“This is an exciting time that is quite similar to when the astronomy community introduced radio astronomy,” said Denise Caldwell, NSF division director for physics. “In much the same way that radio astronomy added another dimension to how scientists could observe celestial phenomena, Advanced LIGO also offers yet another, different perspective. We have found that each time we open a new window of observation, we are able to make discoveries that lead us to a new frontier.”


A great primer on how LIGO works

So how does LIGO work? Conceived and built by researchers at MIT and the California Institute of Technology (Caltech) and funded by the National Science Foundation, each system uses two identical interferometers carefully constructed to detect incredibly tiny vibrations from passing gravitational waves. An interferometer works on the principle of light waves interfering with other light waves to either cancel each other out or reinforce each other to make a brighter wave.

How LIGO works. A single laser beam is split into two beams, reflected off mirrors and redirected back to a detector where they cancel out. Gravitational waves cause the instrument to stretch and squeeze, throwing the beams very slightly out alignment. Credit: NSF with additions by the author
How LIGO works. A single laser beam is split into two beams, reflected off mirrors and redirected back to a detector where they cancel out. Gravitational waves cause the instrument to stretch and squeeze, throwing the beams very slightly out alignment. Scale this up to 2.5 miles on a side and you’ve got a LIGO detector. Credit: NSF with additions by the author

A laser is aimed at a beam-splitter that sends half the light to one nearby mirror and the other half to a mirror perpendicular to the first mirror. Light reflects from both mirrors back to the beam-splitter which sends it on to a detector. The light has been split in such a way that the returning light waves exactly cancel each other out. When a gravitational wave passes by, it distorts space, changing the distance between the mirrors. One arm of the interferometer becomes a little longer for an instant and the other arm a little shorter. A moment later they switch. As the passing wave squeezes and distorts the instrument, the crests and troughs of the light waves briefly misalign and no longer cancel each other out.

You can imagine how precisely you’d have to build an instrument to detect these exceedingly tiny distortions. In the real LIGO, the beam-splitting arrangement is 2.5 miles (4 km) long, the longer the better to see any shrinkage and expansion. In the case of the first detection with the merging black holes, the amount of stretching equaled 1/1000th the diameter of a single proton in an atomic nucleus!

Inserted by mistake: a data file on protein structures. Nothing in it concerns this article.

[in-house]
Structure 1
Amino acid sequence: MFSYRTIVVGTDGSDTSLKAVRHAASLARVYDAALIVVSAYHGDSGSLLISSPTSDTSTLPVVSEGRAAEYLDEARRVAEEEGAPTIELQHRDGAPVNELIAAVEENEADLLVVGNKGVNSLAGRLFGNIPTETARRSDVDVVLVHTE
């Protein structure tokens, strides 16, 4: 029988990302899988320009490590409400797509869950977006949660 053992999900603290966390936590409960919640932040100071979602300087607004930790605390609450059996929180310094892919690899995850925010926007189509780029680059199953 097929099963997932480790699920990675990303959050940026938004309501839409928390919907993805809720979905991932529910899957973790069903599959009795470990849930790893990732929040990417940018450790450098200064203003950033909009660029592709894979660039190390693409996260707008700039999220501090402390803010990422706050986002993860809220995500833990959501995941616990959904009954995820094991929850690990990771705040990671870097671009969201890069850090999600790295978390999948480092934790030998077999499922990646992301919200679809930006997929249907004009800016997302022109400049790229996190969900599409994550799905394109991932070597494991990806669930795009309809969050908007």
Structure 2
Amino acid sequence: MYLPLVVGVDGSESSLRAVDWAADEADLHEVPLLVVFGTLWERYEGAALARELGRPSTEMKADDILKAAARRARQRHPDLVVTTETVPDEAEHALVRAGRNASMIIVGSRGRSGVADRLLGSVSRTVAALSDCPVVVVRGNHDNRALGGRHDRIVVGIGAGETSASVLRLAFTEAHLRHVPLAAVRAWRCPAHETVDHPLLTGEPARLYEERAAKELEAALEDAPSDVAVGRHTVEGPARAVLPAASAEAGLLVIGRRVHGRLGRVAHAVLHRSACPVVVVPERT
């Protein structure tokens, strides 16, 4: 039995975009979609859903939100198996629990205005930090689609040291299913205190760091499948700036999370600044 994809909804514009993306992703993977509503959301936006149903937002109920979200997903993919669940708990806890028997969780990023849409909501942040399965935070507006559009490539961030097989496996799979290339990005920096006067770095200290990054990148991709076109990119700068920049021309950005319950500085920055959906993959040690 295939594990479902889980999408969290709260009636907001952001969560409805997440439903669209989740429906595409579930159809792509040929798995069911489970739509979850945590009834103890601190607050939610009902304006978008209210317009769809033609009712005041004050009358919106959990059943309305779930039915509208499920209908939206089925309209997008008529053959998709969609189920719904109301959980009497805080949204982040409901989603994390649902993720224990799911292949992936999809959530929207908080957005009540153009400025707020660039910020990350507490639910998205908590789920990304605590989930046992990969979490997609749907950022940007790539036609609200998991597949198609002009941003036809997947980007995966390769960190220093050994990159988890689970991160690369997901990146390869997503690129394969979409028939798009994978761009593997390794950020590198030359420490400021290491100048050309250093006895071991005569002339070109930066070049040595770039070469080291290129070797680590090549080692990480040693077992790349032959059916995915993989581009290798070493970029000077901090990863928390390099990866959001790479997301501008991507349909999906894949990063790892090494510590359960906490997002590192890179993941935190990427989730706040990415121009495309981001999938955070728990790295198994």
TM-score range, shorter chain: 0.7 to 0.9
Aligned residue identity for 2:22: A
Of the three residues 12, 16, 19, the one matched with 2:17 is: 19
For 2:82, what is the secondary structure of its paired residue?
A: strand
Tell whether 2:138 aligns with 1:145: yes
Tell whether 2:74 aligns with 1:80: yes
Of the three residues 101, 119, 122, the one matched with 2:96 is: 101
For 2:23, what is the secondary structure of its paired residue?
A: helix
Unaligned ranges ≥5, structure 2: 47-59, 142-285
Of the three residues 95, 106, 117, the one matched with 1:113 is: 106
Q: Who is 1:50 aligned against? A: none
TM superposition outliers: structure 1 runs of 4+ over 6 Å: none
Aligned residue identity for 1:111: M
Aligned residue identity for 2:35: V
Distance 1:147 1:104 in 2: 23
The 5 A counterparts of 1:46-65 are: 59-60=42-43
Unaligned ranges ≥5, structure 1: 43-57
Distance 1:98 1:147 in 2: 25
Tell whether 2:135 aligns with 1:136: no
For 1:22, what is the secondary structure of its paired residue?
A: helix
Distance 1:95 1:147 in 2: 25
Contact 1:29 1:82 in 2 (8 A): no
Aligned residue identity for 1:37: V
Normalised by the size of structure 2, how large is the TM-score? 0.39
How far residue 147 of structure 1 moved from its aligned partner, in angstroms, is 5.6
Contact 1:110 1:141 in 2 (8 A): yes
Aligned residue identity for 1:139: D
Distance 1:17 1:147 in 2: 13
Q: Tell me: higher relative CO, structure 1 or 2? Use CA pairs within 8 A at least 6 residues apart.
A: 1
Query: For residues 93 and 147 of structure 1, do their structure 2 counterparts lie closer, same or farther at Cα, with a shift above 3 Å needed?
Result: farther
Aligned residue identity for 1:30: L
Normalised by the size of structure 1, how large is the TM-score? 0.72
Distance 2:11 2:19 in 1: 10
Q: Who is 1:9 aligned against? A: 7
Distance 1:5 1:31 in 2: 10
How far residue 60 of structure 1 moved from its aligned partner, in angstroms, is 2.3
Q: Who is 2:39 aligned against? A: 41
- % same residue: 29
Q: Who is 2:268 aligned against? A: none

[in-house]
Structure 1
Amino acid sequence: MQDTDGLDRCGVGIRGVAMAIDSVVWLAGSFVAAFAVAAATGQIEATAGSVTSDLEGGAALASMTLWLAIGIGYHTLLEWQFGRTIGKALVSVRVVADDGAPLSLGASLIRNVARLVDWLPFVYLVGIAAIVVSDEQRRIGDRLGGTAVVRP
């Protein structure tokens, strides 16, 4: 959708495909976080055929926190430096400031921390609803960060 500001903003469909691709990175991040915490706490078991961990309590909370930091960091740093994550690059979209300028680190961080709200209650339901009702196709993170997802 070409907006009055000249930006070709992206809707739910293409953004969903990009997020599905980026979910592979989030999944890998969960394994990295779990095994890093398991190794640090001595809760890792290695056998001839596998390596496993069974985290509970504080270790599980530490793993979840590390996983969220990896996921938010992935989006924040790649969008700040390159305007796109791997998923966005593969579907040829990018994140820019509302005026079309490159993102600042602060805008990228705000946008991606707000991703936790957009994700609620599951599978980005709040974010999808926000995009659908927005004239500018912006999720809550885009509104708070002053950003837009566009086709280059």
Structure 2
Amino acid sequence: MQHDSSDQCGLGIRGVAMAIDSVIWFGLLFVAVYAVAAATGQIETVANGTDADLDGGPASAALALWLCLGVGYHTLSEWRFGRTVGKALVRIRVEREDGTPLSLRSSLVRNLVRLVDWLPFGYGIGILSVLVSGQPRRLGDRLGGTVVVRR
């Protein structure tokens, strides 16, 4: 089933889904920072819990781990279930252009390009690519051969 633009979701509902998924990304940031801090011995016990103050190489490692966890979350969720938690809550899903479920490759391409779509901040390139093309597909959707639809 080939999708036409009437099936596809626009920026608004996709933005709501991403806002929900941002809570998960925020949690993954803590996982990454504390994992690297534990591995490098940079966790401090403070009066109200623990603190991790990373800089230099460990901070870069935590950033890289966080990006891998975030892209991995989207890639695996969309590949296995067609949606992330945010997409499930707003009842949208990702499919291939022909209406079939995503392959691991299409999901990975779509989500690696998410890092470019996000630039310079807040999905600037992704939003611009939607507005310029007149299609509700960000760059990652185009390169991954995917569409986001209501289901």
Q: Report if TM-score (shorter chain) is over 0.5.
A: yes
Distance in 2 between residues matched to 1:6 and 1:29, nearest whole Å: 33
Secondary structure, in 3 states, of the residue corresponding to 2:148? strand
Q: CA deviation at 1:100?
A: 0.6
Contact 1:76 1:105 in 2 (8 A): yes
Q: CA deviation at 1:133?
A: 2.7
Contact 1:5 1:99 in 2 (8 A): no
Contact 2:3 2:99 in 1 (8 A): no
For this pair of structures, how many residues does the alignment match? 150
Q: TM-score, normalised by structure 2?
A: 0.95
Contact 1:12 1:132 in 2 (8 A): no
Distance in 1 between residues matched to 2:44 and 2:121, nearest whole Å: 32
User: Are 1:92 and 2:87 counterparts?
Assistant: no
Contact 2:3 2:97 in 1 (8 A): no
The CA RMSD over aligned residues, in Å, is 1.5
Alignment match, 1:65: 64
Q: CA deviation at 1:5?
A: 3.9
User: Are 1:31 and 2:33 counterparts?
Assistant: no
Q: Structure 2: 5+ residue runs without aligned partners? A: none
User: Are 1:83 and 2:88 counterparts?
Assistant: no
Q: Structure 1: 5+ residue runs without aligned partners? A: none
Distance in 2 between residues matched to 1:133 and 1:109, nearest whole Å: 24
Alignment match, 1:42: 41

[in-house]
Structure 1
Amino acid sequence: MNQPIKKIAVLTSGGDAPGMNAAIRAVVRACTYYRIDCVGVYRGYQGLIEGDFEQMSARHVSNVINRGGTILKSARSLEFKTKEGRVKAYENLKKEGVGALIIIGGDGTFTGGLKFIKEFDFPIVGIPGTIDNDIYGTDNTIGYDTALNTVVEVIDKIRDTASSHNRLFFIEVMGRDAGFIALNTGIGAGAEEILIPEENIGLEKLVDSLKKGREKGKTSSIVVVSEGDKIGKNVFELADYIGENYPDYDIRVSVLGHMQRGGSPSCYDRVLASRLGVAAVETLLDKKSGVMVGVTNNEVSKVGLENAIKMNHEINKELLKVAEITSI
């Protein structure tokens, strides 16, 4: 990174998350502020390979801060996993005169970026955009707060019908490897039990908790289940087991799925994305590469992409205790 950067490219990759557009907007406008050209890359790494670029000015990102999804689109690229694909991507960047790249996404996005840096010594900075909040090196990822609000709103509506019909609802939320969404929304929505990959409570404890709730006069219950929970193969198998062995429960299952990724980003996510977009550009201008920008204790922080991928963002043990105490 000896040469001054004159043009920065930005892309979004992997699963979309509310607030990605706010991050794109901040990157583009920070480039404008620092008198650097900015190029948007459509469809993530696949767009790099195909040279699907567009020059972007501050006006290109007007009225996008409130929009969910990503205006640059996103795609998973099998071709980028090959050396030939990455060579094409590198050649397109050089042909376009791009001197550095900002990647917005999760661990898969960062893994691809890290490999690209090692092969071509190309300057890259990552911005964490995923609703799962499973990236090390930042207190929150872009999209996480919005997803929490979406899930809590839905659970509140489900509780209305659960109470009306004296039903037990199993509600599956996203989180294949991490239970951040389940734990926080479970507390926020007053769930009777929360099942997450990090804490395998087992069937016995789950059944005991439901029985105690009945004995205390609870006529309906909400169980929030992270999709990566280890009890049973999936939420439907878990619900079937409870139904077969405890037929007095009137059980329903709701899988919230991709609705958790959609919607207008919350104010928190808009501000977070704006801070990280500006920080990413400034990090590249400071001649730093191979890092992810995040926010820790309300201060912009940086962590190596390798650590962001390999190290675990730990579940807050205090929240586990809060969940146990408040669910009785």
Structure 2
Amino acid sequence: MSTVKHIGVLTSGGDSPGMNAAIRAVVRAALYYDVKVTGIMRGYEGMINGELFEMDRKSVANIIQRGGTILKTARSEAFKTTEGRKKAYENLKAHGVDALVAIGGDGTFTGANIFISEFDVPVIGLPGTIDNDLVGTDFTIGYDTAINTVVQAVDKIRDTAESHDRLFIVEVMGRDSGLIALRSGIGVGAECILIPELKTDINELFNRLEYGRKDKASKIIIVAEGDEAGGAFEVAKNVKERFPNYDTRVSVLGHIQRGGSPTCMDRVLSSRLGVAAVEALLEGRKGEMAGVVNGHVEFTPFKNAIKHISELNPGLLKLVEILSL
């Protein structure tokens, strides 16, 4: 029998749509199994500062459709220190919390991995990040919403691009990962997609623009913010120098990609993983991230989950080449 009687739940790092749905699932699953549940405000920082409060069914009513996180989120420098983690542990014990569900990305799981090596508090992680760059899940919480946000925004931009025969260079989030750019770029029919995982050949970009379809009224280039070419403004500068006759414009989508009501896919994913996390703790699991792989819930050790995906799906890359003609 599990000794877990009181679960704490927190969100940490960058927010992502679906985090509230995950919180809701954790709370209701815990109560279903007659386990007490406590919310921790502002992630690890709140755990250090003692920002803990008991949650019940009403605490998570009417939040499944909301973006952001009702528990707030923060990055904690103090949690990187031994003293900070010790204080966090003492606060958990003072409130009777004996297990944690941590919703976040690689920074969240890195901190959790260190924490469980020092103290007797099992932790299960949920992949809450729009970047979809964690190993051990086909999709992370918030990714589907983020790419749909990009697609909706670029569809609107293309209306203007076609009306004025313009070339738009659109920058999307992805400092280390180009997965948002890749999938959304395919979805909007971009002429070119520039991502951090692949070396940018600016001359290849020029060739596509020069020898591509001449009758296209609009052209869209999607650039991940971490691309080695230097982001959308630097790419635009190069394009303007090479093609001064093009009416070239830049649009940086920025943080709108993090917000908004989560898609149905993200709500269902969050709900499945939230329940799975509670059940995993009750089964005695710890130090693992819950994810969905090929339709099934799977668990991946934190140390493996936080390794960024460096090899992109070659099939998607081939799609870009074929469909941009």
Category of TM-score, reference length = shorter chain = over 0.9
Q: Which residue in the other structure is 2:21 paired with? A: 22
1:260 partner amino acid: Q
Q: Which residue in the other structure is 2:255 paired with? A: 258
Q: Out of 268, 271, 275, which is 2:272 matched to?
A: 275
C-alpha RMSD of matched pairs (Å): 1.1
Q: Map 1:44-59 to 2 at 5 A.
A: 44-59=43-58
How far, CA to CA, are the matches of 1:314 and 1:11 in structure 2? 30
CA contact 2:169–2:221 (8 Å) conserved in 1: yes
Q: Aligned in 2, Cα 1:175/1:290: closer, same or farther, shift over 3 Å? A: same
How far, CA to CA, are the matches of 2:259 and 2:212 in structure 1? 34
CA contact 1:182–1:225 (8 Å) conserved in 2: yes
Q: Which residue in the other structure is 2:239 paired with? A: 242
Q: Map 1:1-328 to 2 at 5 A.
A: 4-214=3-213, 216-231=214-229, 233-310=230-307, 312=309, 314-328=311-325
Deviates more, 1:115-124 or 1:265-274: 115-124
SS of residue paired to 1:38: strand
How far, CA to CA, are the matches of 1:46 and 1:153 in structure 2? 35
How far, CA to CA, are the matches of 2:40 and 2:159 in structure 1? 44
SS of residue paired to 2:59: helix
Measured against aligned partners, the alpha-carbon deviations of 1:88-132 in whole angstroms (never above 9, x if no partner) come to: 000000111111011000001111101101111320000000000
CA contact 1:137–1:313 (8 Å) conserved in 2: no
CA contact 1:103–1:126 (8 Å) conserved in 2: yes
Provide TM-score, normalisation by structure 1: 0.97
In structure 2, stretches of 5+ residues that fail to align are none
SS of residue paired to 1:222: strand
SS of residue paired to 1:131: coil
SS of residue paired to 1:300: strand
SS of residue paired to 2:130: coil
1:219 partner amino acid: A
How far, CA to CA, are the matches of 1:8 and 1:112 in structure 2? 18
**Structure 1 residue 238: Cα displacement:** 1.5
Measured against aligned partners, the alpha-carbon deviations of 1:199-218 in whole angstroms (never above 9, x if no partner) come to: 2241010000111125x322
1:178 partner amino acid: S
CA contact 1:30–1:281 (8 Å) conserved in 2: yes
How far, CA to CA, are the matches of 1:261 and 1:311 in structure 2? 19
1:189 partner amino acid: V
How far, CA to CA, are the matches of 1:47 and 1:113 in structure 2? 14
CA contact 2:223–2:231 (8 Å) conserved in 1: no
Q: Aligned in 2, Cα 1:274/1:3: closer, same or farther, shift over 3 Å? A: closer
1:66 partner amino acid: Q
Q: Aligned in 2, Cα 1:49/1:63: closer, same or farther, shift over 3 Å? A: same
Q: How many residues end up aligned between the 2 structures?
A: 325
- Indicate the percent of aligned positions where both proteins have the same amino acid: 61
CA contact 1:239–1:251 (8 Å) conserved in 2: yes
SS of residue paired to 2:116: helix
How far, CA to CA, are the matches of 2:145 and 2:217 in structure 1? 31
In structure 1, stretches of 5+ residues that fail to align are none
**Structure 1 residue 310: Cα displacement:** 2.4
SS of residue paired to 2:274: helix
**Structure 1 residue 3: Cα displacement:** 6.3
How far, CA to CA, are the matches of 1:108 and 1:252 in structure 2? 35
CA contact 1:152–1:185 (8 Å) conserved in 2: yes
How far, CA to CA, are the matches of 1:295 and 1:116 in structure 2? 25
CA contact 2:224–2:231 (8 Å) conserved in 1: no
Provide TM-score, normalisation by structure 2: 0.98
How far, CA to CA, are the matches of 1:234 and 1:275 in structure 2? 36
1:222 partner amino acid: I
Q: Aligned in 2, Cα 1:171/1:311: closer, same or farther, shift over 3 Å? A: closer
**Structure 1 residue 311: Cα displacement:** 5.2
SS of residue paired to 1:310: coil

Rainer (Rai) Weiss is professor of physics emeritus at MIT. ... gravitational wave detector, and co-founded the NSF LIGO (gravitational-wave detection) project.
Rainer Weiss, professor of physics emeritus at MIT and co-founders of the LIGO project, uses stretchable mesh to demonstrate the elasticity of spacetime and how it’s affected by the passage of gravitational waves during this morning’s press conference. Credit: NSF

Here’s the kicker. The black holes weighed in at 29 and 36 times the mass of the sun. You’d think the merged holes would weigh in at 29+36 or 65 solar masses, but they don’t. From studying the waves, astronomers determined the final black hole tipped the scales at only 62 solar masses. The other three were converted into energy and emitted as gravitational waves. Three whole suns worth!

Gabriela Gonzalez, LIGO Scientific Collaboration Spokesperson, put it best at this morning’s press conference:

“Now that we know gravitational waves are there, we begin to listen to
theh universe.”

2 Responses

  1. Giorgio Rizzarelli

    Great article as always, Bob.

    A couple of additional interesting facts, which you may have already read:
    – Kip Thorne, cofounder of LIGO and famous to wide public as consultant behind the movie “Insterstellar”, was present at the press conference yesterday in Washington D.C.
    – The signal, 8 waves increasing in frequency and amplitude from 35 to 250Hz, lasted 0.2s: if it was acoustic it would sound as a bird “chirp”.

    And, about the internationality of the discovery:
    – The LIGO signal was first seen through web in Germany by Italian post-doc researcher Marco Drago.
    – The Virgo experiment in Pisa (Italy), similar to LIGO and actually in some collaboration with LIGO, could also detect the event, but was offline for upgrade.

    Also interesting to note that the same kind of detector (a Michelson interferometer), over a hundred years ago, gave of the main experimental results (constancy of light speed) on which the other theory of relativity, the special one, is based.

    Let this be the beginning of a new exciting era of astronomy.

    1. astrobob

      Giorgio,
      Very nice – thank you for all of the additional points about the discovery! It really is the beginning of a new era. I’m happy to be here.